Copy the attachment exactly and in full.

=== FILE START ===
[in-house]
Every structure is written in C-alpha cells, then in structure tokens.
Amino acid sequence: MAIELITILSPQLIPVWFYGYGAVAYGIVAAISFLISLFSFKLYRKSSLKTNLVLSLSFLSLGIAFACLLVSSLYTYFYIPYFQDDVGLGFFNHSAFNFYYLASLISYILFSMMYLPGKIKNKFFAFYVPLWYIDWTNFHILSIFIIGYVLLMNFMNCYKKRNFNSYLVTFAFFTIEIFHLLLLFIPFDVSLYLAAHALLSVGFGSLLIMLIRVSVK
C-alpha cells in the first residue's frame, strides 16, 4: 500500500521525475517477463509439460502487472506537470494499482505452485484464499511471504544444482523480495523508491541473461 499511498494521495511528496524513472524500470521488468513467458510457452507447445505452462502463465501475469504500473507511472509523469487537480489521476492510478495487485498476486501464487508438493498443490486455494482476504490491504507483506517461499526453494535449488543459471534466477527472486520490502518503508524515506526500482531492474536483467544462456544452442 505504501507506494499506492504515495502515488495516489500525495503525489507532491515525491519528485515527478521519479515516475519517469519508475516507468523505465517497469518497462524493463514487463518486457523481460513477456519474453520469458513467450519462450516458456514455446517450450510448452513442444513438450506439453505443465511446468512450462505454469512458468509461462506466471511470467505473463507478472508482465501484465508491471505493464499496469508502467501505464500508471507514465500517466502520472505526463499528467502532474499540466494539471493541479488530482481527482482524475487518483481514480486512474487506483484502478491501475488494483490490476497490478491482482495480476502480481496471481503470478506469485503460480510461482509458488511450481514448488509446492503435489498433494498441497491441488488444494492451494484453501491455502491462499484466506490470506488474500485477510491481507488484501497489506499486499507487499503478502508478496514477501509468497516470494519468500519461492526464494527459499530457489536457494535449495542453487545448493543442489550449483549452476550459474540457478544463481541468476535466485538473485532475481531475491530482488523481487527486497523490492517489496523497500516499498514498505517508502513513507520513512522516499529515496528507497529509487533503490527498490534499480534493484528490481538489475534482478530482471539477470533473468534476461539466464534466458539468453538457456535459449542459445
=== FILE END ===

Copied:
[in-house]
Every structure is written in C-alpha cells, then in structure tokens.
Amino acid sequence: MAIELITILSPQLIPVWFYGYGAVAYGIVAAISFLISLFSFKLYRKSSLKTNLVLSLSFLSLGIAFACLLVSSLYTYFYIPYFQDDVGLGFFNHSAFNFYYLASLISYILFSMMYLPGKIKNKFFAFYVPLWYIDWTNFHILSIFIIGYVLLMNFMNCYKKRNFNSYLVTFAFFTIEIFHLLLLFIPFDVSLYLAAHALLSVGFGSLLIMLIRVSVK
C-alpha cells in the first residue's frame, strides 16, 4: 500500500521525475517477463509439460502487472506537470494499482505452485484464499511471504544444482523480495523508491541473461 499511498494521495511528496524513472524500470521488468513467458510457452507447445505452462502463465501475469504500473507511472509523469487537480489521476492510478495487485498476486501464487508438493498443490486455494482476504490491504507483506517461499526453494535449488543459471534466477527472486520490502518503508524515506526500482531492474536483467544462456544452442 505504501507506494499506492504515495502515488495516489500525495503525489507532491515525491519528485515527478521519479515516475519517469519508475516507468523505465517497469518497462524493463514487463518486457523481460513477456519474453520469458513467450519462450516458456514455446517450450510448452513442444513438450506439453505443465511446468512450462505454469512458468509461462506466471511470467505473463507478472508482465501484465508491471505493464499496469508502467501505464500508471507514465500517466502520472505526463499528467502532474499540466494539471493541479488530482481527482482524475487518483481514480486512474487506483484502478491501475488494483490490476497490478491482482495480476502480481496471481503470478506469485503460480510461482509458488511450481514448488509446492503435489498433494498441497491441488488444494492451494484453501491455502491462499484466506490470506488474500485477510491481507488484501497489506499486499507487499503478502508478496514477501509468497516470494519468500519461492526464494527459499530457489536457494535449495542453487545448493543442489550449483549452476550459474540457478544463481541468476535466485538473485532475481531475491530482488523481487527486497523490492517489496523497500516499498514498505517508502513513507520513512522516499529515496528507497529509487533503490527498490534499480534493484528490481538489475534482478530482471539477470533473468534476461539466464534466458539468453538457456535459449542459445